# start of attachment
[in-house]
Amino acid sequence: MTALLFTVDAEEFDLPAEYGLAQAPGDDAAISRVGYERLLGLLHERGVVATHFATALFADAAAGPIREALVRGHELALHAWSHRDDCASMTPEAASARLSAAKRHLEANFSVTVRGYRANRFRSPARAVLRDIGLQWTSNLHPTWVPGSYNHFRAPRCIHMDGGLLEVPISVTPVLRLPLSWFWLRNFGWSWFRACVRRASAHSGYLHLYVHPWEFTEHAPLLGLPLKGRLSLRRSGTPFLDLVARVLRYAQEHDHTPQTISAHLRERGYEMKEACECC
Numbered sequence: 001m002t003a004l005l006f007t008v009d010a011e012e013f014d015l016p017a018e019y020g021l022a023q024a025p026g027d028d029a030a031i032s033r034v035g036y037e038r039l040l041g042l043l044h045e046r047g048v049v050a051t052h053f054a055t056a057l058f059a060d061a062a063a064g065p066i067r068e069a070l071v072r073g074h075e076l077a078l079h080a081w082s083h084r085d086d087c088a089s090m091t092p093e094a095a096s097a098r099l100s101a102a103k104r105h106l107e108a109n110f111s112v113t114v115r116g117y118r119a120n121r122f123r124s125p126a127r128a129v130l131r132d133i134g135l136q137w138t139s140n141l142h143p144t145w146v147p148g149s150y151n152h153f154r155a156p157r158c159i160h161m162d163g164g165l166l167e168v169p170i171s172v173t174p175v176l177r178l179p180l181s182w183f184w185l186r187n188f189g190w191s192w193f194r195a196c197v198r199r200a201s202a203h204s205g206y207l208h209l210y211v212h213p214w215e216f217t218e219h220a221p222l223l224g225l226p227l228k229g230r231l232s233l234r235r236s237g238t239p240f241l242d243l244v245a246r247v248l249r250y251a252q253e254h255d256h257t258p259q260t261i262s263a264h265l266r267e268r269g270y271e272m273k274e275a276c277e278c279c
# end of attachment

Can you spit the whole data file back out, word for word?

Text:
[in-house]
Amino acid sequence: MTALLFTVDAEEFDLPAEYGLAQAPGDDAAISRVGYERLLGLLHERGVVATHFATALFADAAAGPIREALVRGHELALHAWSHRDDCASMTPEAASARLSAAKRHLEANFSVTVRGYRANRFRSPARAVLRDIGLQWTSNLHPTWVPGSYNHFRAPRCIHMDGGLLEVPISVTPVLRLPLSWFWLRNFGWSWFRACVRRASAHSGYLHLYVHPWEFTEHAPLLGLPLKGRLSLRRSGTPFLDLVARVLRYAQEHDHTPQTISAHLRERGYEMKEACECC
Numbered sequence: 001m002t003a004l005l006f007t008v009d010a011e012e013f014d015l016p017a018e019y020g021l022a023q024a025p026g027d028d029a030a031i032s033r034v035g036y037e038r039l040l041g042l043l044h045e046r047g048v049v050a051t052h053f054a055t056a057l058f059a060d061a062a063a064g065p066i067r068e069a070l071v072r073g074h075e076l077a078l079h080a081w082s083h084r085d086d087c088a089s090m091t092p093e094a095a096s097a098r099l100s101a102a103k104r105h106l107e108a109n110f111s112v113t114v115r116g117y118r119a120n121r122f123r124s125p126a127r128a129v130l131r132d133i134g135l136q137w138t139s140n141l142h143p144t145w146v147p148g149s150y151n152h153f154r155a156p157r158c159i160h161m162d163g164g165l166l167e168v169p170i171s172v173t174p175v176l177r178l179p180l181s182w183f184w185l186r187n188f189g190w191s192w193f194r195a196c197v198r199r200a201s202a203h204s205g206y207l208h209l210y211v212h213p214w215e216f217t218e219h220a221p222l223l224g225l226p227l228k229g230r231l232s233l234r235r236s237g238t239p240f241l242d243l244v245a246r247v248l249r250y251a252q253e254h255d256h257t258p259q260t261i262s263a264h265l266r267e268r269g270y271e272m273k274e275a276c277e278c279c